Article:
How many of us challenge convention like an involuntary reflex? How many of us dare a nomadic life, beholden to no man? How many of us find the pinnacle? How many of us, wishing the despair would become more real, crack open yet another bottle? How many of us experience adoration for doing what we love?
There may be others, but at this moment I can think of just one. His name is Evan Tanner. He is gone.
Throughout his 37 years roaming this earth seemingly without destination, Tanner pushed the boundaries of experience. He lived nadir and zenith. And in death he did not recoil from that assignment.
We knew him as someone who found challenge in physically taking on all comers. That was but a sliver. Tanner prodded life, and because of this the Texan found mixed martial arts among many things.
For a lot of us, myself included, the first time Tanner entered our consciousness came during his Ultimate Fighting Championship debut in 1998. Watching as a fan on a friend's couch that night, Tanner left a lasting impression: self trained; soft spoken; aggressive. He was the kind of fighter I wanted to see. Thankfully, there were plenty of opportunities. During Tanner's 11-year career he fought 48 times, including 17 bouts inside the octagon.
A week before he was set to meet Kendall Grove for what sadly turned out to be his last go, Tanner and I were panelists on HDNet's Inside MMA. Before the taping we shared a laugh about his UFC 18 victory over Darrell Gholar. I told him how much I enjoyed his performance, and how it inspired me to find a local Japanese video store where I rented tapes of his Pancrase fights. Discovery of a wider world of MMA followed, and while I can't say Tanner had a hand in driving me into journalism, his presence certainly helped me fall in love with the sport I cover today.
I watched his last bout not as a fan, but as a columnist. After losing a listless decision to Grove, I wrote of Tanner that his days competing against the best in mixed martial arts were over. Having gotten to know Tanner, I also worried. MMA afforded him an opportunity to live on his terms. Without the sport, where would he go? This was a man whose notion of a 401k plan centered more on distance traveled than money saved.
In hindsight, those concerns were dumb. Tanner lived as he saw fit, finding experience where others saw inconvenience. And he learned. He was always learning.
Champion. Athlete. Ultimate Fighter. Self-described alcoholic. Some called him a renaissance man. He studied Buddhism, searching for the now. Others saw him as eclectic, which works if it's meant as liberated. Labels, though, are exactly what Tanner did not strive to fill. He was his own person, and wished only for the freedom to be whom he was when he wanted to be.
Perhaps that's why MMA suited him.
In the dusty rodeos of Amarillo, Texas, Tanner first tried his hand, less a starting point really than another adventure. Deciding to substitute college for real world training, Tanner returned home. Simply because he'd never done it before, the idea of fighting in front of an audience appealed to him. He was not one to focus on consequences.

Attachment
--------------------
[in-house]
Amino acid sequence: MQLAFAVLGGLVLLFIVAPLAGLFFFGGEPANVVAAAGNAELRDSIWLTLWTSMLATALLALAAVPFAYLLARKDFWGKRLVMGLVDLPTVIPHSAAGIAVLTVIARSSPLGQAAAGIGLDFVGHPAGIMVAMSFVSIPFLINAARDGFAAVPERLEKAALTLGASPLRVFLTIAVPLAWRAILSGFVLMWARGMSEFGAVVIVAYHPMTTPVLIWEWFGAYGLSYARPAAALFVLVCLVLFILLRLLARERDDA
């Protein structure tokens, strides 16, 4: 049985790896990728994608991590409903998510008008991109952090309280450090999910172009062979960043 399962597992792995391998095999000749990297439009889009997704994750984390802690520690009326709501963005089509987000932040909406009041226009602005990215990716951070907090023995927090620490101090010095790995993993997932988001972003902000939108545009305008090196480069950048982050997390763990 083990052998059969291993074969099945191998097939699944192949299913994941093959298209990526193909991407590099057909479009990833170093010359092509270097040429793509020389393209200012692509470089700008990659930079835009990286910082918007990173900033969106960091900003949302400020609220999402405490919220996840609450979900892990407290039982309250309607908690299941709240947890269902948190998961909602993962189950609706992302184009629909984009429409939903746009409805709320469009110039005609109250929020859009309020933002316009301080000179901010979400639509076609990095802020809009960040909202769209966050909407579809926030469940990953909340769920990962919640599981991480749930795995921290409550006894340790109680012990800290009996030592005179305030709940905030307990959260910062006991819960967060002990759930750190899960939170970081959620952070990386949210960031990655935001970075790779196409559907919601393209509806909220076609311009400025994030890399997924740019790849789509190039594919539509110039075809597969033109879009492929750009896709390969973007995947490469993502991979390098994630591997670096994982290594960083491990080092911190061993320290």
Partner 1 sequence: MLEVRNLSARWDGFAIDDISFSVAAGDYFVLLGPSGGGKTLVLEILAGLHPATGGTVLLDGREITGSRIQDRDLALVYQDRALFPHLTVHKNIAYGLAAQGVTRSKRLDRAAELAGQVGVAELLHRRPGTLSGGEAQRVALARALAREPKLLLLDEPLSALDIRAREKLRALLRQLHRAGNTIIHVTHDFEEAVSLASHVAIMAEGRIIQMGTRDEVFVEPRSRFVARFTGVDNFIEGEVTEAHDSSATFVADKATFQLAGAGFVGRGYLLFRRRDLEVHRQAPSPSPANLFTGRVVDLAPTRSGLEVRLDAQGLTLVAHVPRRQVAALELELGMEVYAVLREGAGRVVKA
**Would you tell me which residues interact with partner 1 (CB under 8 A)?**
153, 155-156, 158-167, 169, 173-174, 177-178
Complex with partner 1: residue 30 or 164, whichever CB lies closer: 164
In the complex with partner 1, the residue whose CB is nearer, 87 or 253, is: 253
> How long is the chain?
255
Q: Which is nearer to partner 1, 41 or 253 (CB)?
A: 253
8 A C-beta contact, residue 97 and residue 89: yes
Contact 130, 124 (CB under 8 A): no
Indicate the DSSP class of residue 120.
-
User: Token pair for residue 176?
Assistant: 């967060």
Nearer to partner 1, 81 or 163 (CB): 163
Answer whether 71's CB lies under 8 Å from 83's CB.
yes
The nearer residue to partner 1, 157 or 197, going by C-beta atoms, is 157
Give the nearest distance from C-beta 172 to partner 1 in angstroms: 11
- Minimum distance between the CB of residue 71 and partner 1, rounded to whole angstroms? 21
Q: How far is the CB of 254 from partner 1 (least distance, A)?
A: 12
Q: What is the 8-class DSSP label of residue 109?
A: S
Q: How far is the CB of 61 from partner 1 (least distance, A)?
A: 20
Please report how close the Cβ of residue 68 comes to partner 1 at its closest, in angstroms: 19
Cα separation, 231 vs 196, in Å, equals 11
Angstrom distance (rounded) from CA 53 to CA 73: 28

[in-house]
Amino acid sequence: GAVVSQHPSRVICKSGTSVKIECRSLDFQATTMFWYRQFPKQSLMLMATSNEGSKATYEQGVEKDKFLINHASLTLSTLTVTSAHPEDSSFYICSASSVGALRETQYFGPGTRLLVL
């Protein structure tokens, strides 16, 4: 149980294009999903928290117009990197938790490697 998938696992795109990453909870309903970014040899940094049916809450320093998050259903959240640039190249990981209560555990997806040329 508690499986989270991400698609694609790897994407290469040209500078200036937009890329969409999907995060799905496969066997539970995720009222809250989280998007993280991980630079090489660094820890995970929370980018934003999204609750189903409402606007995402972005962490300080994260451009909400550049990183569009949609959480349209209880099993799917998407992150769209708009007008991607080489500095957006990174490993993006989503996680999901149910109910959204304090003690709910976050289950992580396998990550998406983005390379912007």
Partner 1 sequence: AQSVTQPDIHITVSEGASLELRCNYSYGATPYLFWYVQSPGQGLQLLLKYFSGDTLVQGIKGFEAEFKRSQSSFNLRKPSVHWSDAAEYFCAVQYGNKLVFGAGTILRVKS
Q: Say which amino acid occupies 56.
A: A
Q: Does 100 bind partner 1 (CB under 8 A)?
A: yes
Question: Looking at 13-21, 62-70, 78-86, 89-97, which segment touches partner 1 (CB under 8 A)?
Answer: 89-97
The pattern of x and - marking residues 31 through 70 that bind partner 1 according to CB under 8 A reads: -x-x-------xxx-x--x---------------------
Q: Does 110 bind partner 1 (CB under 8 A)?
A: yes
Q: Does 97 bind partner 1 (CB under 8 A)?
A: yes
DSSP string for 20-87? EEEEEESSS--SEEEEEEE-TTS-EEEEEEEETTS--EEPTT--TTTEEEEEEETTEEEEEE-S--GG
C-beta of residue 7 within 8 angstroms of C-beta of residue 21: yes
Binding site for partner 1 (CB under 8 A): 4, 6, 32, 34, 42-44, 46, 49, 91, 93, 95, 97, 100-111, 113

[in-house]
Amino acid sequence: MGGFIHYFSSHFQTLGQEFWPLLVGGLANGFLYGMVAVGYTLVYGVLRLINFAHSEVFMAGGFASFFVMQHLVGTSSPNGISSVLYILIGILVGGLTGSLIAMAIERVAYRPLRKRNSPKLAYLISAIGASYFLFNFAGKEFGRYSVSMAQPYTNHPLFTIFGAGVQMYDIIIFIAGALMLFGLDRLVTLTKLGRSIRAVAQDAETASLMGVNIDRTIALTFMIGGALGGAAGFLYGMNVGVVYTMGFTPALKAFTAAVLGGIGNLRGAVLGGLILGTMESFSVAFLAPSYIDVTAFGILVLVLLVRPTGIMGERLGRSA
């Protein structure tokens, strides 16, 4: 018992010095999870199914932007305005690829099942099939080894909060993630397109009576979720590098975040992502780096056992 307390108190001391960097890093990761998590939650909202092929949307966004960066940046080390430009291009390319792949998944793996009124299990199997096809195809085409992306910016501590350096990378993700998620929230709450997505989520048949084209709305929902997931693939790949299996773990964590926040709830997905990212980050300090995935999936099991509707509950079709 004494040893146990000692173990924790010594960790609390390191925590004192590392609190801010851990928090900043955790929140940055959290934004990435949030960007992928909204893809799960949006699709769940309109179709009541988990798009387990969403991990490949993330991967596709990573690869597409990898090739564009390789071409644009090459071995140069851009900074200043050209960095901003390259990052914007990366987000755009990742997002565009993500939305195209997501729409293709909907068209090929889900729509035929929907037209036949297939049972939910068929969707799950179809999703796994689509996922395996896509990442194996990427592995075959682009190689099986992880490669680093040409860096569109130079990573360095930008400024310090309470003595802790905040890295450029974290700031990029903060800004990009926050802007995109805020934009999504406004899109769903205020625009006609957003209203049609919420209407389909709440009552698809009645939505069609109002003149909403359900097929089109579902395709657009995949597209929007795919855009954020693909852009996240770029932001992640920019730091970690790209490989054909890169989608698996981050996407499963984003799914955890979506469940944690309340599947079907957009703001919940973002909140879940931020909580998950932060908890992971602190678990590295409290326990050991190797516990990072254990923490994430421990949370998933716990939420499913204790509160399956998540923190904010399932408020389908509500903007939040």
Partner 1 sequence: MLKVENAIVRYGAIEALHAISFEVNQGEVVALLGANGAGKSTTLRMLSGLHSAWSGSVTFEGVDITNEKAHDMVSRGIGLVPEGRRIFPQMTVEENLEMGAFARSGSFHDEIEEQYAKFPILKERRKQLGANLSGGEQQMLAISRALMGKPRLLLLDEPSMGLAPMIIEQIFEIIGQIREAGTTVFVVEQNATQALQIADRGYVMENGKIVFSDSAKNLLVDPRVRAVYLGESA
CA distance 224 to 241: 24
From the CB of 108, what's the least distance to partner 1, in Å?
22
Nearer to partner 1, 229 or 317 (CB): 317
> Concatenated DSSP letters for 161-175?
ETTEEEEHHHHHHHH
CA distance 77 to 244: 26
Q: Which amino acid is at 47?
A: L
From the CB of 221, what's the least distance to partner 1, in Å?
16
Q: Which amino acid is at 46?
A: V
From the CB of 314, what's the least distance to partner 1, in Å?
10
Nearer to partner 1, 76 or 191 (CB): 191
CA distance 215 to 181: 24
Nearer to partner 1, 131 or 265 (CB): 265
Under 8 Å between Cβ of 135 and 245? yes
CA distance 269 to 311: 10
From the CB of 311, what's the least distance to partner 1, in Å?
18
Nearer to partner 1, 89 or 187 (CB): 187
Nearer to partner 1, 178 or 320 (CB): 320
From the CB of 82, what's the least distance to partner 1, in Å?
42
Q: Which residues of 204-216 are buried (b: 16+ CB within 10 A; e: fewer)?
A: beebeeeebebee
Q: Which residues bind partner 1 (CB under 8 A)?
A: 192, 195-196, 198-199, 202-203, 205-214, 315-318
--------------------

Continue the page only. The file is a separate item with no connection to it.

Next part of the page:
A wrestler in his younger days, the transition was organic. And thanks to a set of Brazilian Jiu-Jitsu instructional videotapes produced by Royce and RorionGracie, Tanner rose to prominence after winning a tournament in Japan.
It wasn't until Tito Ortiz brutally slammed Tanner to the canvas that he realized MMA wasn't the kind of thing you just do; there had to be some passion and work behind it. In MMA Tanner found commitment. It also played to his nomadic sensibilities. He moved to different regions of the country, spending time in one gym before moving to the next. Along the way Tanner battled demons ... drinking topping the list. But through it all he remained introspective.
As long as he was learning -- searching -- the experience had meaning. He came to believe in "The Power of One," a reflection of the Buddhism that influenced his thinking. And in recent years he shared as much as he could of himself through blog posts.
In the middle of August, Tanner wrote on Spike.com of a pending foray into the Southern California desert. Eerily, he forewarned equipment failure could kill him. The thought would shake off lesser men, yet Tanner moved alone into the wilderness thinking instead of places "where man has not been, where he has left no footprints, where the mysteries stand secure, untouched by human eyes. I want to go to these places, the quiet, timeless, ageless places, and sit, letting silence and solitude be my teachers."
This was his sense of "treasure hunting."
It's a rare thing being unique. Tanner was. He gave us a glimpse of who we are, who we could be in a perfect moment, and who we hope never to be.
In his last adventure, Evan Tanner found the silence deafening and the solitude eternal.